With “American Idol” Fantasia Barrino singing “I Believe” and cheerleaders from Kentucky’s Dunbar High leaping around the stage, it was clear when Lifetime made a sales pitch to advertisers last week that things are changing at the network for women.
There wasn’t a “Golden Girl” in sight — or even a wrinkle on the faces of women speeding by in film clips.
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Lifetime is in the midst of a makeover, trying to shake off the rust and appeal to a younger audience. The grab-your-hankie movies are staying, but several reality series, a comedy about a dating service and a drama about a mindreading FBI agent are also on the way.
“I keep saying in my head, I wish I’d been here 10 years ago. There’s so much potential on so many levels,” said Susanne Daniels, the Lifetime entertainment president who is engineering many of the on-air changes.
Only four seasons ago, Lifetime was the top-rated basic-cable network with an average prime-time audience of 2.27 million people. USA, TBS and TNT have since rushed past Lifetime, which is averaging 1.64 million viewers this season, according to Nielsen Media Research. More importantly to youth-obsessed advertisers, the median age of Lifetime’s prime-time audience has crept past 50, and viewership is down 15 percent this season among women aged 18-to-49.
The network hired former Cartoon Network executive Betty Cohen as its president last year, replacing Carole Black. Cohen then brought in Daniels, a former WB programmer.
The absence of an entertainment president for many months was apparent on the air, said Simon Applebaum, editor at large for CableWorld magazine. Until the debut of “Cheerleader Nation” earlier this month, Lifetime’s schedule had only one original series (“Missing”). The drama “Strong Medicine” ended its six-year run on Super Bowl Sunday.
Lifetime’s strength has long been its original movies, often lampooned as the TV equivalent of trashy beach novels. The emphasis will continue, with production being ramped up from under 60 to 80 movies a year, Daniels said. “Human Trafficking,” which received much attention last year, is an example of how Lifetime is trying to broaden the franchise.
But Daniels also saw the need to bring on new series as quickly as possible.
“Cheerleader Nation,” a 10-week reality series on a championship team from Lexington, proved highly relatable. Cheerleaders are icons; many people either were one, dated them or hated them. By also focusing on the cheerleaders’ equally intense stage moms, the series has something women of different ages can identify with, Daniels said.
That’s the whole idea for Lifetime: get younger but don’t alienate the audience that is already there.
“Lovespring,” the next new series due in June, is an improvisational comedy produced by Eric McCormack of “Will & Grace” focusing on the weirdos running a high-end dating service. “Angela’s Eyes” starts in July, starring Abigail Spencer of “All My Children” as an FBI agent whose mindreading skills complicate her social life.
Lifetime is also developing reality series with James Carville and Mary Matalin running campaigns for high school student body president; about the work of a Hollywood pet agency; about reuniting old enemies; and having eligible women try to guess if they are being wooed by a gay, straight or married man.
The network is also working on movies about Barrino’s life and karaoke queens, along with scripted series about a divorced 40-year-old passing herself off as 28 and a company that tries to “put the fun back into funerals.”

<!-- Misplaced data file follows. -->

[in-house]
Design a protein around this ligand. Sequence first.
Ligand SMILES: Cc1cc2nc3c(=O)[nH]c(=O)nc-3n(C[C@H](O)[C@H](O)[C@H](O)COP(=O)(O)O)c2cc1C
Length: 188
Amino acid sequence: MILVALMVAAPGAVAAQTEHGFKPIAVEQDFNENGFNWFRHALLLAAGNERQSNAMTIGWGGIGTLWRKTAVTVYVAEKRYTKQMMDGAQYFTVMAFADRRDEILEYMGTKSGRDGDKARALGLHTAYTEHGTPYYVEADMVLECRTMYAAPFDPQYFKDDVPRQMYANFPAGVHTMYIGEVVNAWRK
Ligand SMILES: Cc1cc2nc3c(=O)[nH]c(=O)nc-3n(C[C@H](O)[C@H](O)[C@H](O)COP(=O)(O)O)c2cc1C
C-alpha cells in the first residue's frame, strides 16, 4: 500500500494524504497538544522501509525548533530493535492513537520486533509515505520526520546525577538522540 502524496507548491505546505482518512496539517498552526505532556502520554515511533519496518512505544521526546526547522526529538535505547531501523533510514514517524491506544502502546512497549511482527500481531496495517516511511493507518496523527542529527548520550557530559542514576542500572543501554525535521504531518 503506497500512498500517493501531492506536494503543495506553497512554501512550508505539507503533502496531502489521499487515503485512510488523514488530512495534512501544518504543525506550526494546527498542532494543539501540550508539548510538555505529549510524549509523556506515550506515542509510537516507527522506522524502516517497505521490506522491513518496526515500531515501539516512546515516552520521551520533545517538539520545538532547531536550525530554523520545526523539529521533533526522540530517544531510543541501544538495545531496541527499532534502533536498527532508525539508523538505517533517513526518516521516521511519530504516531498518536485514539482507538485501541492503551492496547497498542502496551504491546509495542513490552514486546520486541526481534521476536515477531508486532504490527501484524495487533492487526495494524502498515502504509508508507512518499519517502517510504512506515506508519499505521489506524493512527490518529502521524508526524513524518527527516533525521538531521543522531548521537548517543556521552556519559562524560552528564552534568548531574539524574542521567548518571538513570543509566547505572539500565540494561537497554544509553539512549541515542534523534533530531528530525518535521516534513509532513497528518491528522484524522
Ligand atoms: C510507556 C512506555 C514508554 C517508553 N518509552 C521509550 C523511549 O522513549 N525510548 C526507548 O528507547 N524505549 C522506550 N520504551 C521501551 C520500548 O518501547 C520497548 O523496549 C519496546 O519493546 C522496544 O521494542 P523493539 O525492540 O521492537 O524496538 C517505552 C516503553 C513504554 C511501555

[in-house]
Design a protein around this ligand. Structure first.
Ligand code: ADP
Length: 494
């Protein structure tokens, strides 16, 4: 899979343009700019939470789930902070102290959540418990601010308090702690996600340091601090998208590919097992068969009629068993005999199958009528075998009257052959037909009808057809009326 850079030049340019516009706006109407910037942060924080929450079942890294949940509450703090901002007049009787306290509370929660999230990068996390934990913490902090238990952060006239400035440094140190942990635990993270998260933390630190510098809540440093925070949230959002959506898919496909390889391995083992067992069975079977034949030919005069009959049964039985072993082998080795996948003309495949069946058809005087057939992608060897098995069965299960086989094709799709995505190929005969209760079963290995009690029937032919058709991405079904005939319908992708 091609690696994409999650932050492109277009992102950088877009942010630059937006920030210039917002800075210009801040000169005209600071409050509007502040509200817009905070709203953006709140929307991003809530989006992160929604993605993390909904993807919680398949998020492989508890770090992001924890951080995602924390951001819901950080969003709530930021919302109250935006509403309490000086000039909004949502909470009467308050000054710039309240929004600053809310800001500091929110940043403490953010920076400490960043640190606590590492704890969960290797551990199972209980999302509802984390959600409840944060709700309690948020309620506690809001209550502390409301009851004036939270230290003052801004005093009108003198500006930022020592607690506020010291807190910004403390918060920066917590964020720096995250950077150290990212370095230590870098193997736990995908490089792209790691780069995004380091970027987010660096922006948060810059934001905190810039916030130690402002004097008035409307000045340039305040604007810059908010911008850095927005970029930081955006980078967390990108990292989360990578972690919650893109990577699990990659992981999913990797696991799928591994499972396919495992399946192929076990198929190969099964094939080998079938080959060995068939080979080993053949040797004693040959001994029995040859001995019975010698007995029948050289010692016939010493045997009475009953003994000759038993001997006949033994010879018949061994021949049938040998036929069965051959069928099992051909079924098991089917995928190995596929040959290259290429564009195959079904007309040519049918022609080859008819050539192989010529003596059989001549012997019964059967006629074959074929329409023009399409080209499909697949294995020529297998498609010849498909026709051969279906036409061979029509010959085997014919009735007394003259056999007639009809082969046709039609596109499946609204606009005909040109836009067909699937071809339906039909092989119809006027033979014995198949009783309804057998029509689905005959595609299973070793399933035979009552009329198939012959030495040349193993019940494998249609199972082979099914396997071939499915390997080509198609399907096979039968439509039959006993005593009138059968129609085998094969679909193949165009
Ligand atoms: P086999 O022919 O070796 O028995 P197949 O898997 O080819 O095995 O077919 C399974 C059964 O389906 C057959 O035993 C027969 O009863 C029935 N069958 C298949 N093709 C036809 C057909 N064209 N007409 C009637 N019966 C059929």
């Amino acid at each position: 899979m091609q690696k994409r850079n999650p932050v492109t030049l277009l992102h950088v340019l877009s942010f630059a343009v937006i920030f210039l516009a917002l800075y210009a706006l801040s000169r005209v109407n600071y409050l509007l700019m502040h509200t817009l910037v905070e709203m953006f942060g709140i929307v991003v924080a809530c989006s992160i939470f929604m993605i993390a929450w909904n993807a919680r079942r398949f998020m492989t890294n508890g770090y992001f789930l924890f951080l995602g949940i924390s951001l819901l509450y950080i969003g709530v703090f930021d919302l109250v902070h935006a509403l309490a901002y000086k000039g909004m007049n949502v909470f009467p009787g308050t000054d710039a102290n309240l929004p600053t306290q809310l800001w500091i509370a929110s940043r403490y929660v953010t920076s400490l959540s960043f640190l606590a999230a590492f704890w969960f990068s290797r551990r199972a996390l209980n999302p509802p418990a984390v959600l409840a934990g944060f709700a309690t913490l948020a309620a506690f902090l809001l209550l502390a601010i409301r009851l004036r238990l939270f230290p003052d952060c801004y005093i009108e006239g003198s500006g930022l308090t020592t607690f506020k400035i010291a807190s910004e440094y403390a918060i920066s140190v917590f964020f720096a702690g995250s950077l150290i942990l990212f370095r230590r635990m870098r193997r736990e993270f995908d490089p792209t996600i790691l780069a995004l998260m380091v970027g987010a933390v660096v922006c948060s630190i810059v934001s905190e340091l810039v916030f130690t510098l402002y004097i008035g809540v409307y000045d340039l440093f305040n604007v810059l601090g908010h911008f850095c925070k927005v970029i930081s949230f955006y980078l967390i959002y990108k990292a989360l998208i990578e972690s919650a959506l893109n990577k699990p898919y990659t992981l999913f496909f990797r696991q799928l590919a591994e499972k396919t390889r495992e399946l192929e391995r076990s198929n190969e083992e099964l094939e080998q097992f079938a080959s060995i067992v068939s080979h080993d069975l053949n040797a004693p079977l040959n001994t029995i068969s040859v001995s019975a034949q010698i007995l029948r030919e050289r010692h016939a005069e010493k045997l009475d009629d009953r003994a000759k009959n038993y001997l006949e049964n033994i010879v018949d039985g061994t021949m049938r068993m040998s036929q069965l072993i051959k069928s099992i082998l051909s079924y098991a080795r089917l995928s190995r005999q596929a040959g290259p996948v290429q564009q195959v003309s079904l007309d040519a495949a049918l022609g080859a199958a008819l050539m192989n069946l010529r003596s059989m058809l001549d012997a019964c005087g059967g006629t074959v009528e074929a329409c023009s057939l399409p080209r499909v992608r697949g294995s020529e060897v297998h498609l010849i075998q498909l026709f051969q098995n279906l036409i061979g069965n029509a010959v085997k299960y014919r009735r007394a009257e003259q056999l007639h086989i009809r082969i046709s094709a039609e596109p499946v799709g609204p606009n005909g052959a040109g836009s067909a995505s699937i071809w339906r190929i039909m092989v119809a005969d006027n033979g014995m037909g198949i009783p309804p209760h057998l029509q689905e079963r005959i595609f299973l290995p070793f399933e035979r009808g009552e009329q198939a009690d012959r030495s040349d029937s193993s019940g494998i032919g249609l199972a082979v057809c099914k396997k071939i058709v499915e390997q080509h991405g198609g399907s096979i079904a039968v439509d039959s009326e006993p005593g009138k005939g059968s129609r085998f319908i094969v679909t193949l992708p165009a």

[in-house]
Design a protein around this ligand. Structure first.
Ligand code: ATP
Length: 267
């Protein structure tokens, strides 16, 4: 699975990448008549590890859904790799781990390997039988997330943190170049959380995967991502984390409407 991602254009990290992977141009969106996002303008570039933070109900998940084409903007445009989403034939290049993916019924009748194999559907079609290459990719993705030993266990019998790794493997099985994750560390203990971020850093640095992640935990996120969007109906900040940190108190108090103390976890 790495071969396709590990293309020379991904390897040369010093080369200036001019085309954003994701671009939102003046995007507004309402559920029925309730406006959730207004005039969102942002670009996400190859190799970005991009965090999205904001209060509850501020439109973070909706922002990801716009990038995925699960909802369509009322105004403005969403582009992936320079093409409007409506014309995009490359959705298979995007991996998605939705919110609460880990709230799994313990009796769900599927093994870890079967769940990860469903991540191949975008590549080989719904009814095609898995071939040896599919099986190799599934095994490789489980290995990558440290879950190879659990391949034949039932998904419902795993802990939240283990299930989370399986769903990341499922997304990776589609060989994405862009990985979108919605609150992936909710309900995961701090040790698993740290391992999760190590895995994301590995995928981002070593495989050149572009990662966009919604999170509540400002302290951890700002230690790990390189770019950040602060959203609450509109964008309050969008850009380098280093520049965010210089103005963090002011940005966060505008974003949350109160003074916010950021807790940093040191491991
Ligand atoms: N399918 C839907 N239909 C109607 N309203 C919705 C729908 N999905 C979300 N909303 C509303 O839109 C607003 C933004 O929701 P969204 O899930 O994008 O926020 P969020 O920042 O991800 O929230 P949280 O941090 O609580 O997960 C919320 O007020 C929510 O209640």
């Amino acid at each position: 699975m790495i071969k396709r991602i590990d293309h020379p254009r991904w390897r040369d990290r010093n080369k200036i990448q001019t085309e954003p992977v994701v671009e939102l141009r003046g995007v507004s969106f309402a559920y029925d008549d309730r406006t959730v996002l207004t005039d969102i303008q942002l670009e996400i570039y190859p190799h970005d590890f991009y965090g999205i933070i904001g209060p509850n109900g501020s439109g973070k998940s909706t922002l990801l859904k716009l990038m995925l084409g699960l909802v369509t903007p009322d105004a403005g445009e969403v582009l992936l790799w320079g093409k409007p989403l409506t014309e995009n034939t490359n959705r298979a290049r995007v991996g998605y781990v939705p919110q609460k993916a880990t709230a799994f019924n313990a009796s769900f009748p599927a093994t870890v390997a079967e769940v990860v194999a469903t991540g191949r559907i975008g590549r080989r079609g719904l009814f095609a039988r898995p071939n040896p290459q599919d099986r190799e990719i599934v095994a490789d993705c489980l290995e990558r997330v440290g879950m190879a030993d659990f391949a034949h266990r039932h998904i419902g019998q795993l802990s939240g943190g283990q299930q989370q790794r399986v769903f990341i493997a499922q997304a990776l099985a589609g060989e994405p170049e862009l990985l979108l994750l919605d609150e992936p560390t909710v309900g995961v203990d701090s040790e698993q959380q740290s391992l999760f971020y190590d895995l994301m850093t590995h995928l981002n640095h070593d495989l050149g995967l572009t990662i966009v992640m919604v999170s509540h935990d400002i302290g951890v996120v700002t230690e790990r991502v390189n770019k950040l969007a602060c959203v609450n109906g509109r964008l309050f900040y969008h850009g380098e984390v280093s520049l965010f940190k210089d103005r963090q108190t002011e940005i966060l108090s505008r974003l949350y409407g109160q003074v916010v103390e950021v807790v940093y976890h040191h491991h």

“You name the genre,” Daniels said, “I’m developing something in it.”
Lifetime will soon begin airing reruns of “Medium” and promises to be more aggressive in the syndication market. Conservatism here has hurt, too: TBS would disagree, but is there a better place for “Sex and the City”? Look for Lifetime to join a bidding war for “Desperate Housewives.”
Daniels wants to get the juices flowing at Lifetime, to let show producers know there’s a potential new destination for their work.
“The goal is a hit show,” she said. “You never know where it’s going to come from or what it’s going to be ... You have to try different things that sound like they could be appealing and fun and interesting. I don’t only want to go for the one-hour dramas that Lifetime has been known for ... I want to look for hits in all the right and wrong places.”
At a dinner party recently, a male friend came up to Daniels and whispered that he really liked Lifetime’s movie, “Murder in the Hamptons.”
She laughed. “You don’t have to whisper!” she told him.
It’s an attitude she’s trying to change. The network has replaced its logo from one in script to another in block letters, to look less feminine. Lifetime’s slogan is no longer “television for women,” it’s “find your own story.”
About three-quarters of Lifetime’s audience is women and no one expects that to change; but why do things to actively drive boyfriends and husbands away?
Lifetime still has a big distribution advantage over competitors Oxygen and WE. But with edgier material, those networks are making some inroads; Daniels isn’t concerned about who might be gaining on Lifetime.
“When I’m looking at the competition, I’m looking at USA, TNT and TBS,” she said. “I’m not really looking at Oxygen and WE.
Some of Lifetime’s moves appeared to impress ad buyers who watched last week’s sales presentation. “Lovespring” looked promising, said Kristy Ruiz of Mindshare. “They’re definitely trying to develop more of a mother-daughter kind of relationship,” added Larissa DeLeon of Initiative Media.
“They’re off the dime,” Applebaum said. “There’s no lack of point-person anymore. The era of Betty Cohen and Susanne Daniels is on, and it’s up to them to deliver the goods.”